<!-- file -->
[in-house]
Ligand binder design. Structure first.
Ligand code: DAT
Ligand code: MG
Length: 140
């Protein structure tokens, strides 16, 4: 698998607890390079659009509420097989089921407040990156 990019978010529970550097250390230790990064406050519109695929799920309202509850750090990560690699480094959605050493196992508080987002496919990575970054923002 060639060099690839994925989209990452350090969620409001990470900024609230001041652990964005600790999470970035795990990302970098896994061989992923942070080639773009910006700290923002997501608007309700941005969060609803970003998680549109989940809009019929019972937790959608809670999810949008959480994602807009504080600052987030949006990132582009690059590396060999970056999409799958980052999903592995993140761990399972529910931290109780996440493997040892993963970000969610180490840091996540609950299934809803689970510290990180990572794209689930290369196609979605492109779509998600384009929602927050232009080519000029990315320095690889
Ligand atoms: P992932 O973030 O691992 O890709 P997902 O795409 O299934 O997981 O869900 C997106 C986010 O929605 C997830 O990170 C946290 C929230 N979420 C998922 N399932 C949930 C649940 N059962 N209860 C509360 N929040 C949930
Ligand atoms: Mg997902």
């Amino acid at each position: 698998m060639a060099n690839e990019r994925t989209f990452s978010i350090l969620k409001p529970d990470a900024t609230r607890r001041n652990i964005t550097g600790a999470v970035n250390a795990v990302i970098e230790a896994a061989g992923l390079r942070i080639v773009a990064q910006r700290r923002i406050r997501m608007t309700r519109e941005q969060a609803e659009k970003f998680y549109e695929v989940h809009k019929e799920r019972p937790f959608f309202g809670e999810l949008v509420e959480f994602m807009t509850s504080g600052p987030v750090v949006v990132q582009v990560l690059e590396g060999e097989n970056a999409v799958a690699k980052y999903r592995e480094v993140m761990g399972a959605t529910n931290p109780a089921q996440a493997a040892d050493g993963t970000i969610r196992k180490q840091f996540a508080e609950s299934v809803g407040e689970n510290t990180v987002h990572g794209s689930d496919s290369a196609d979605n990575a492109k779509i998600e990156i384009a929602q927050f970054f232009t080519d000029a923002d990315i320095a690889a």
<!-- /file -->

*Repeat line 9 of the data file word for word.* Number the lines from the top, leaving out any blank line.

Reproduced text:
């Amino acid at each position: 698998m060639a060099n690839e990019r994925t989209f990452s978010i350090l969620k409001p529970d990470a900024t609230r607890r001041n652990i964005t550097g600790a999470v970035n250390a795990v990302i970098e230790a896994a061989g992923l390079r942070i080639v773009a990064q910006r700290r923002i406050r997501m608007t309700r519109e941005q969060a609803e659009k970003f998680y549109e695929v989940h809009k019929e799920r019972p937790f959608f309202g809670e999810l949008v509420e959480f994602m807009t509850s504080g600052p987030v750090v949006v990132q582009v990560l690059e590396g060999e097989n970056a999409v799958a690699k980052y999903r592995e480094v993140m761990g399972a959605t529910n931290p109780a089921q996440a493997a040892d050493g993963t970000i969610r196992k180490q840091f996540a508080e609950s299934v809803g407040e689970n510290t990180v987002h990572g794209s689930d496919s290369a196609d979605n990575a492109k779509i998600e990156i384009a929602q927050f970054f232009t080519d000029a923002d990315i320095a690889a």